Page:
Presentation on theme: "Writing up an investigation Know how an investigation should be structured."— Presentation transcript:
Writing up an investigation Know how an investigation should be structured
How do you write up an investigation? What should it include? What should it look like? Discuss these questions with your group.
One way of writing it Introduction - whats the issue? Methodology - how are we going to collect data? Question 1 - where is litter a problem? Question 2 - why is litter a problem? Conclusion - summarise your findings Evaluation - strengths, weaknesses, improvements
How is it going to be marked? This is the mark scheme Its exactly what well use to mark your work You should read it carefully - it will help you to get a good mark for each section
Planning and organisation Look at the last section of the mark scheme. There are 10 marks on offer for just being neat and tidy and spelling words properly! When youve finished writing up the investigation, look at this section again and see if youve done everything to get those extra marks.
The introduction Sets the scene - explain why youre investigating the issue Include information about the location An annotated site map helps the reader to understand the different locations Dont present any data here, or talk about how you collected the data!
Classwork and Homework Start writing your introduction It needs to be handed in next lesson It can be hand written or typed Next lesson: how to write the methodology
Methodology This section explains how you collected the data For each method you should explain: –How you carried it out –Why you used this method –What problems are there with the method
A methodology table Methodology (what I did) Justification (why) Limitations (problems) Bi-polar survey Photographs Questionnaire Although we told you to use this method, you should pretend that it was your idea This was the method you chose - make sure you explain why you thought it was a good idea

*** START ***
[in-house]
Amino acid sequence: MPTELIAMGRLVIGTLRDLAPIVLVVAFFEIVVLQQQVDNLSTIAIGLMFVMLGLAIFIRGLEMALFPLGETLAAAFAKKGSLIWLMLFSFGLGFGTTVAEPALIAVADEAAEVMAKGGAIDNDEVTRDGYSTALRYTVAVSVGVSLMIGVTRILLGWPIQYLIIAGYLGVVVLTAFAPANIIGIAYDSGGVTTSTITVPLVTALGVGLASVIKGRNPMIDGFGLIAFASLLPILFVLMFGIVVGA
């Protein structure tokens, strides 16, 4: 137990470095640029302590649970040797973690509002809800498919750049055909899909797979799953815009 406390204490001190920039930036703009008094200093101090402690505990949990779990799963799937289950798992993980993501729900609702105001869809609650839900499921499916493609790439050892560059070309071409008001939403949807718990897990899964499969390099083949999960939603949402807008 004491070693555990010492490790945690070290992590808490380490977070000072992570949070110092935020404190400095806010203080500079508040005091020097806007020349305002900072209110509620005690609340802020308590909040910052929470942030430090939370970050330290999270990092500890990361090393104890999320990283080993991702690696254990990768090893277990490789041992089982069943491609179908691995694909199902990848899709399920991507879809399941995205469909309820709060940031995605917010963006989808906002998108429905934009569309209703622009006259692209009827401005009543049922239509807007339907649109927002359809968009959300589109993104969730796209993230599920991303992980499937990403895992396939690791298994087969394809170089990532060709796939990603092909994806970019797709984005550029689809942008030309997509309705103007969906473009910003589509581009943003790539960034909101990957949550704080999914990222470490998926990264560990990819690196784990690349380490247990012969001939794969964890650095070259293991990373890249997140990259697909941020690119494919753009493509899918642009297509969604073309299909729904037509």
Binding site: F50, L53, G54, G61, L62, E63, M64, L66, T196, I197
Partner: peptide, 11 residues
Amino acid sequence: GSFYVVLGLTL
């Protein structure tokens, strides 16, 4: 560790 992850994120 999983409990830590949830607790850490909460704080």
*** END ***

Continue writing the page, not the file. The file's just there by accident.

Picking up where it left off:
Remember your mark scheme When you write each section, you should be thinking about what the mark scheme says. Use it as a checklist of what you need to do for each section. Afterwards, use it to give yourself a mark.
Writing the methodology Start writing your methodology We need to get this finished by next lesson Next lesson: how to write the main part
The main part The main part of your project consists of three things: –Analysis (answers to your two key questions) –Your data presentation (to help you answer the two key questions) –The conclusion
How you get marks The mark scheme shows you how the marks are allocated: –The data presentation is worth 10 marks –The analysis and conclusion are worth 14 marks This means that you should put a lot of time and effort into presenting the data
Presenting data Youve collected data - so we need to present it in some way The next few slides show some examples of how you can present data Some of these methods are more appropriate than others
Proportional circle maps
Photographs Field is flooded Bridge has been built to avoid flood-prone land Summertime? Lots of greenery and blue sky Farmland on sides of valley
So how should I write the main part? Start with your first question (where is litter a problem?) We used the bi-polar survey to collect data: think about how you want to show your results Draw the graph/map/etc Now write an answer to the question, remembering to refer to your results!
Now lets tackle the second question You were trying to find out why litter is a problem. Look at your results - how could you display this information effectively? Make your graph/map/etc. Now answer the question - make sure you refer to your results!
What about my photos? Photos also count as data We must remember to put them where they will be useful - theyre not just there to make your work look pretty DONT FORGET TO ANNOTATE THE PHOTOGRAPHS
The conclusion This is where you summarise your findings Remind the reader about what you found out in question 1 and 2 Now suggest how the school could deal with the problem of litter.
The evaluation Its time to look back and think about how our investigation has gone. Make yourself a list of what was good and what was bad Now think about how youd improve the project if you had to do it again - maybe someone else used a method that you thought was particularly good, or perhaps youd try collecting data at another time of day.
Homework – due Monday 20 th April Complete the project over Easter. You must have – an introduction, method table, data presentation (graphs, maps, photos), analysis (answer the questions), Finally conclude your answer and evaluate what you have done